It’s understandable that zero-hour contracts have received bad press in recent years, however, when used sensibly and fairly they can help you meet demand surges as well as catering to employee desires for flexibility. In these instances, staff are employed with no guarantee of set hours and the worker is not obliged to accept any work offered. That said, to avoid any suggestion of leaving staff in limbo or permanent standby, it’s important to understand the rules around zero-hours – so make sure you seek legal help with drafting your employment contracts. This practice is especially common in hospitality and retail, however best practice is giving staff as much notice as possible.
Utilising agency temp workers are a great way to deal with demand surges. The agency screens the employees for you, essentially providing you with access to labour as and when it’s required. The downside is cost: you can expect to pay up to 20% higher on wages than the market rate to cover the agency fee. That said, this can be a quick and easy way to fill a temporary gap for a small business.
Freelancers and consultants
If it’s not so much the volume of work that’s causing problems, but rather that your workforce is lacking technical expertise, the answer could be freelancers.
You might, for instance, require a couple of days of help each month with the bookkeeping, a specialist project manager to handle your latest contract, or just someone to build and maintain your new website. Hiring a freelancer enables you to agree a price with self-employed contractors on a task-by-task basis. It means you are dealing with the specific tasks in your to-do list, while keeping your fixed costs as low as possible. In other words, you only pay for what you need.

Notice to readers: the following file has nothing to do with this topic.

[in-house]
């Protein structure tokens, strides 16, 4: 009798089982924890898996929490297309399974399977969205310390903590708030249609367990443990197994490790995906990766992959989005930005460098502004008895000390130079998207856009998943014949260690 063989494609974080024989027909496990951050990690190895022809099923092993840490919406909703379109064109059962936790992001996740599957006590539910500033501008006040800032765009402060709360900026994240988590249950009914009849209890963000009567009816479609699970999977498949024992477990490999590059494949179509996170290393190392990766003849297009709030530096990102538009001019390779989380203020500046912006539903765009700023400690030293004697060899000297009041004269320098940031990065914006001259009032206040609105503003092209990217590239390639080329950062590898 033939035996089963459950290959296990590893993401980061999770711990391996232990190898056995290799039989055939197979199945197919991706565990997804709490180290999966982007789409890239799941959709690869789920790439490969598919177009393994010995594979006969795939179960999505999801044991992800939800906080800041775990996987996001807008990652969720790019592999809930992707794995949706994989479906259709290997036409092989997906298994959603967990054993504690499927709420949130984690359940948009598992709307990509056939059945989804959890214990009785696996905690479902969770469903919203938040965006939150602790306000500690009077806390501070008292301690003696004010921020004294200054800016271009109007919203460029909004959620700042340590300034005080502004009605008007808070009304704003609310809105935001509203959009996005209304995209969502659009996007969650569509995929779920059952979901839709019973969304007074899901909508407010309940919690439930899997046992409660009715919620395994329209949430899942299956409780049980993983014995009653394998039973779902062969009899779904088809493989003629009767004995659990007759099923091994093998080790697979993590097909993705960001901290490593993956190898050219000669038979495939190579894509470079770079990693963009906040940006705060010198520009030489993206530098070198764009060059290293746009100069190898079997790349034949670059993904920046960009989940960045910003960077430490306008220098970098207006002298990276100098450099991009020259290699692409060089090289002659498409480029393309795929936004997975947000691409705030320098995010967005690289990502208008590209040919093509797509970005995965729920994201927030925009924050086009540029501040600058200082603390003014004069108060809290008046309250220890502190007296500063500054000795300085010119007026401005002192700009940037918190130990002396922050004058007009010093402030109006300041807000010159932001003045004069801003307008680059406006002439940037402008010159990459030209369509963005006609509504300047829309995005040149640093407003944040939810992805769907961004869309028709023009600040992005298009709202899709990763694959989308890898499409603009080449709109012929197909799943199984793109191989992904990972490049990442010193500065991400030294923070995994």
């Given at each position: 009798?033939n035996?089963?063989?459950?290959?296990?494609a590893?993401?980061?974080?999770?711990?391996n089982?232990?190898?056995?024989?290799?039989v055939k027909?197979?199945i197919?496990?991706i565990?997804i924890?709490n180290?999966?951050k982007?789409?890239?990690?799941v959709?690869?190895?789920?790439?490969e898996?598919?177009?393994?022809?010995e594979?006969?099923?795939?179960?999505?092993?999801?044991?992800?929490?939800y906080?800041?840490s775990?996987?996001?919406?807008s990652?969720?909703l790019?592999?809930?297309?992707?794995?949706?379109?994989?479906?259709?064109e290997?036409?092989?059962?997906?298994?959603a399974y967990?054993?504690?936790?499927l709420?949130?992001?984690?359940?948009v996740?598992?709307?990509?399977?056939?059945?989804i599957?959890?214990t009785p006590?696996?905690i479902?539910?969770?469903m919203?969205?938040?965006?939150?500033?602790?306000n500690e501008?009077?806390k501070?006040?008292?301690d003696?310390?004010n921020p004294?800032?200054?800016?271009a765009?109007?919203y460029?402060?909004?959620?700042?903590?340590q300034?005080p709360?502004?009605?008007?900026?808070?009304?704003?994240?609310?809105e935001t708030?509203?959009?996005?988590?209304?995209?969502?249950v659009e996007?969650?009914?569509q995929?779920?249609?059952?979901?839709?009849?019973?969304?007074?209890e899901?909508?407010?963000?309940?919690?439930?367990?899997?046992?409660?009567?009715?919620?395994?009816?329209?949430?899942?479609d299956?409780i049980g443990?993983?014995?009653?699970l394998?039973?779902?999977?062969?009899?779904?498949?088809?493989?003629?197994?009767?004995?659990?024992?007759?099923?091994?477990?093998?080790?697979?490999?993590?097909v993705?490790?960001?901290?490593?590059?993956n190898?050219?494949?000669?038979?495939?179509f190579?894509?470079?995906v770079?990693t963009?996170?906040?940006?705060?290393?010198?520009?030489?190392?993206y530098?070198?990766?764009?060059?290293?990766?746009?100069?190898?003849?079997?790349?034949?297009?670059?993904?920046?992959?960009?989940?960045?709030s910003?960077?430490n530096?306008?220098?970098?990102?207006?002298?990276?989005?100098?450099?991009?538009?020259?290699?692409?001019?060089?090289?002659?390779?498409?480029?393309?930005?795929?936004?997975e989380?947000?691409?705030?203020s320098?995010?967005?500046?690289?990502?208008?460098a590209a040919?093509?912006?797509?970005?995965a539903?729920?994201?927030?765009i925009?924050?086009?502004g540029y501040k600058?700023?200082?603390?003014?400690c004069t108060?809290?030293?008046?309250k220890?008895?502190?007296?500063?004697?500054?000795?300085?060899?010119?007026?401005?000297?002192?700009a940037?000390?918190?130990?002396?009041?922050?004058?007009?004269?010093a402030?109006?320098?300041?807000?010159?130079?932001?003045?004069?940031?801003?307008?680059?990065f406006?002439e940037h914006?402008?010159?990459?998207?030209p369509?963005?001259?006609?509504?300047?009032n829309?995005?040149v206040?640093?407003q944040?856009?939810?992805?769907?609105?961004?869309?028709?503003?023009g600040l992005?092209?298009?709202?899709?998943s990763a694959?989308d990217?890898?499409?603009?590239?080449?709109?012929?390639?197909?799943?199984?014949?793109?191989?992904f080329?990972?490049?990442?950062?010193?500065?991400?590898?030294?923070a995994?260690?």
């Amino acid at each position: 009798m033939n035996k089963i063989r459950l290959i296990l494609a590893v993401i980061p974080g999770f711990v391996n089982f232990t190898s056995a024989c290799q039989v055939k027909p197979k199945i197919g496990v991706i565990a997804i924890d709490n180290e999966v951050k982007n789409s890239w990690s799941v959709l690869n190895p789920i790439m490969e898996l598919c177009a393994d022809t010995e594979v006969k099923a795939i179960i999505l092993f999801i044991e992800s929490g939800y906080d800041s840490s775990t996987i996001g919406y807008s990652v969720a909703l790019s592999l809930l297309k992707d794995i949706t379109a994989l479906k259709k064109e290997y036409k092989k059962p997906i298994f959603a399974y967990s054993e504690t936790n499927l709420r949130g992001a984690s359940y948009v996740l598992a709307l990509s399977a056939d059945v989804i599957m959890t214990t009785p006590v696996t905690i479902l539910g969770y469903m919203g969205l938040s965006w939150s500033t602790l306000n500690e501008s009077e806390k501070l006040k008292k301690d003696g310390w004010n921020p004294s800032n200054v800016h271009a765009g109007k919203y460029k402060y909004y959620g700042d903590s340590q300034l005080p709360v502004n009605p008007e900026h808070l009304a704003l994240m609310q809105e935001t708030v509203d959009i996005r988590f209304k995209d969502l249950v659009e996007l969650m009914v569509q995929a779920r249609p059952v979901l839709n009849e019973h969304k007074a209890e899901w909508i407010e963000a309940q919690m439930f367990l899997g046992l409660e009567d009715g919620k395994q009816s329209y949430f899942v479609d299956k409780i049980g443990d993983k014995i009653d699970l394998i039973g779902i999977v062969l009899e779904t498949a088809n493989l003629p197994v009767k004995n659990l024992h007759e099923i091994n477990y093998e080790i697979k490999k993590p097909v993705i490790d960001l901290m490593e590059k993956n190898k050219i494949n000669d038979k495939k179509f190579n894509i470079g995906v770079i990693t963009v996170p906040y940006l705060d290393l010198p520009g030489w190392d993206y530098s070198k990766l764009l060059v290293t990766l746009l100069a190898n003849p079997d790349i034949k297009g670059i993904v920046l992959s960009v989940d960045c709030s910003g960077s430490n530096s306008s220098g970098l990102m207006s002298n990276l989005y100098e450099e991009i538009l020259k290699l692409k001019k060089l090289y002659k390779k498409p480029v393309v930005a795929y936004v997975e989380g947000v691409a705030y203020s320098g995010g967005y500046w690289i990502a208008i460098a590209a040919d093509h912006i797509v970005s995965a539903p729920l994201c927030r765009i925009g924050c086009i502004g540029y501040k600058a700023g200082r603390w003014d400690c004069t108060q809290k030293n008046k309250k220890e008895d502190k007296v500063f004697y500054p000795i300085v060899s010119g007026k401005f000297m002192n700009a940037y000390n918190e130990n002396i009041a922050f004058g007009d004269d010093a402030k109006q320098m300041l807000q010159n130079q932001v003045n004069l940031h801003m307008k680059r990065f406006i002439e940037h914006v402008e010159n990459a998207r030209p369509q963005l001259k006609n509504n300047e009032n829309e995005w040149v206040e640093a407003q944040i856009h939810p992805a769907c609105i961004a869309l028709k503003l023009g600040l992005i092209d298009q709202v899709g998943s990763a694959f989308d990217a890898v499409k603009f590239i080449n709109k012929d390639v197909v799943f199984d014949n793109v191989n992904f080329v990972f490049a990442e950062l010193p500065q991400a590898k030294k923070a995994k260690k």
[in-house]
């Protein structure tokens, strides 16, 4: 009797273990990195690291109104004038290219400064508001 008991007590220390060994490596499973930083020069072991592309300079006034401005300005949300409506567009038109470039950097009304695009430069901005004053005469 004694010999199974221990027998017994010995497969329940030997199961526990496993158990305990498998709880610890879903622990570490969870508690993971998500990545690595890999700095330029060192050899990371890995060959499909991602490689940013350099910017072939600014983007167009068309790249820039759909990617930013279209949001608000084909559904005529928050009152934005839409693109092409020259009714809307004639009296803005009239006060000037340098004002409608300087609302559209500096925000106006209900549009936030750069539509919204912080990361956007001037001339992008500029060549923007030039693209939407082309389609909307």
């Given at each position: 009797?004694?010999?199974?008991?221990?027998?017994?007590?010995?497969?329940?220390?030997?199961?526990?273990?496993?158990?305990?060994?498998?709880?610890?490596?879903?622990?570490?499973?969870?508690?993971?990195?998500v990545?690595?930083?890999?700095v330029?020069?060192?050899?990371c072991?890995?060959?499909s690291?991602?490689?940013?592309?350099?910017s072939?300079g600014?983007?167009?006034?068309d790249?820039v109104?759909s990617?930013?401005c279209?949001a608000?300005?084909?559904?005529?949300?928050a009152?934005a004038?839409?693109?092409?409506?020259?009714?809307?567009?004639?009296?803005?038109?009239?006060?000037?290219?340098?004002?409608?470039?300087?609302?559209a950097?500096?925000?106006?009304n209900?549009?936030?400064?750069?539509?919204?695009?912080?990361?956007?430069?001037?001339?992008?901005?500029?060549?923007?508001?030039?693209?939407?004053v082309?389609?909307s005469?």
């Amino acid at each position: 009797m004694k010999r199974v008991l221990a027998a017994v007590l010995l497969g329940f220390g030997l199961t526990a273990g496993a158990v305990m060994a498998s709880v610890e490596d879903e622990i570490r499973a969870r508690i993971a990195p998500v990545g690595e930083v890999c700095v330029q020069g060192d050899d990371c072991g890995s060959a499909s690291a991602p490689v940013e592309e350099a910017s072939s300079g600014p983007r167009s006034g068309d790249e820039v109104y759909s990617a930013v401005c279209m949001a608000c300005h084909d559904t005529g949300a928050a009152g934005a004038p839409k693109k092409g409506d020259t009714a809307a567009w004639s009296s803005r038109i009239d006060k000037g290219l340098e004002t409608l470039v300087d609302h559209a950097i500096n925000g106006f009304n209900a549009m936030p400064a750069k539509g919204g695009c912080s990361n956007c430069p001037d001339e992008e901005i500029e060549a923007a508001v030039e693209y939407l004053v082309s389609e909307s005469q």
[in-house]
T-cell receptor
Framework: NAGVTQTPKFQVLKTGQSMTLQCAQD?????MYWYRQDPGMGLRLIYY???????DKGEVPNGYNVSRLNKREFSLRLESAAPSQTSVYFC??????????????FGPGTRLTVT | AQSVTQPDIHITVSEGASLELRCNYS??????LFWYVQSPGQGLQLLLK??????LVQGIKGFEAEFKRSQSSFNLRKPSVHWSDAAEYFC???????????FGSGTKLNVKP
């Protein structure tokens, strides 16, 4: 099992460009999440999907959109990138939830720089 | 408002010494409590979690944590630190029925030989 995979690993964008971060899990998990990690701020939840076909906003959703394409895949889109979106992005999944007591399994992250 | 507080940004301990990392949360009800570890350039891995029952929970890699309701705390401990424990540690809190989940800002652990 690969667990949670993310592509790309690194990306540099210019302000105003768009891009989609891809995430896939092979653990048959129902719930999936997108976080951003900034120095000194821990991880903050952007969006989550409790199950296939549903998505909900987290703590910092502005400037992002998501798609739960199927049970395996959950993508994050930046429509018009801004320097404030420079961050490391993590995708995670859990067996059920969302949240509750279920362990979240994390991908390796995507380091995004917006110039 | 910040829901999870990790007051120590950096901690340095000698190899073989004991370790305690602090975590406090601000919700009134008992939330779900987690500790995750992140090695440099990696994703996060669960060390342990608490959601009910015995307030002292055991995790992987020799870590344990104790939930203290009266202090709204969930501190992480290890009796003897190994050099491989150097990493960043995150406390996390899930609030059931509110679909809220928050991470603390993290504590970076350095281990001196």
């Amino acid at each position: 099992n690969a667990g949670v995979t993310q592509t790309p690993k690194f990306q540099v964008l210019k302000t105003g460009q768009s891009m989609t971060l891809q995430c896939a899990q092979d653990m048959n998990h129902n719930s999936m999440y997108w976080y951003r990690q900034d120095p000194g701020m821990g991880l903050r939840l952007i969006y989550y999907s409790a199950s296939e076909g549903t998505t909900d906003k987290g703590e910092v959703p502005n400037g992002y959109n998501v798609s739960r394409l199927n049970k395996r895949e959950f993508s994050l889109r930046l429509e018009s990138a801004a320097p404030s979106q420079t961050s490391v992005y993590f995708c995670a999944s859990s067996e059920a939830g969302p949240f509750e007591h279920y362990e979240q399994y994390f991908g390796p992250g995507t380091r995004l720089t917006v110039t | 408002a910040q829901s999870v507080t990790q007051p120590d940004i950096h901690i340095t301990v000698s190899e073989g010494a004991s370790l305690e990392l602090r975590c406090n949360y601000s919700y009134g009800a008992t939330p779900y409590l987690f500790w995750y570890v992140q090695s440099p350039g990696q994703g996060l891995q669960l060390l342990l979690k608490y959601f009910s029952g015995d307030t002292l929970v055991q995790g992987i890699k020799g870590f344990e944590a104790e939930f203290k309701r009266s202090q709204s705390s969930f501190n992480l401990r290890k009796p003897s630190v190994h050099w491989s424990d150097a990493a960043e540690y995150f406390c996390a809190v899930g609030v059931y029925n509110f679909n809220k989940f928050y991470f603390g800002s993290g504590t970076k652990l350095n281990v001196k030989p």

Embracing flexible, remote working can open up all kinds of possibilities for a blended workforce. For instance, if you are struggling to recruit for a permanent specialist role, you may have more options if you offer the ability to work from home for at least part of the time, or if there is a degree of leeway in determining employees’ working hours. The result is that geography is less of a barrier to recruitment – making it more likely that you’ll attract those particularly talented candidates.
The same applies to freelancers: if you have the right collaboration tools in place, such as live document sharing or video conferencing, it becomes easier for people from outside your organisation to get involved in projects.
Sound interesting? Check out this article on essential tech for entrepreneurs for extra advice on how to integrate these kinds of apps into your company formation.
Interns and apprentices
There’s an attractive “try before you buy” element to taking on a prospective employee as an unpaid intern. This way you can find out their aptitude and capacity for new skills by putting them to the test, rather than simply relying on a CV.
Similarly, an apprentice also learns on the job. Taking on an apprentice can be an excellent way of developing a new starter and moulding them into developing the type of skills you need. Having apprentices and interns on board does, however, require commitment on your part: you need the time and the resources to train them up.
Want to discover more about how small businesses like yours can keep control of their budget and get the best out of their staff? Head on over to The Formations Company help centre to learn more.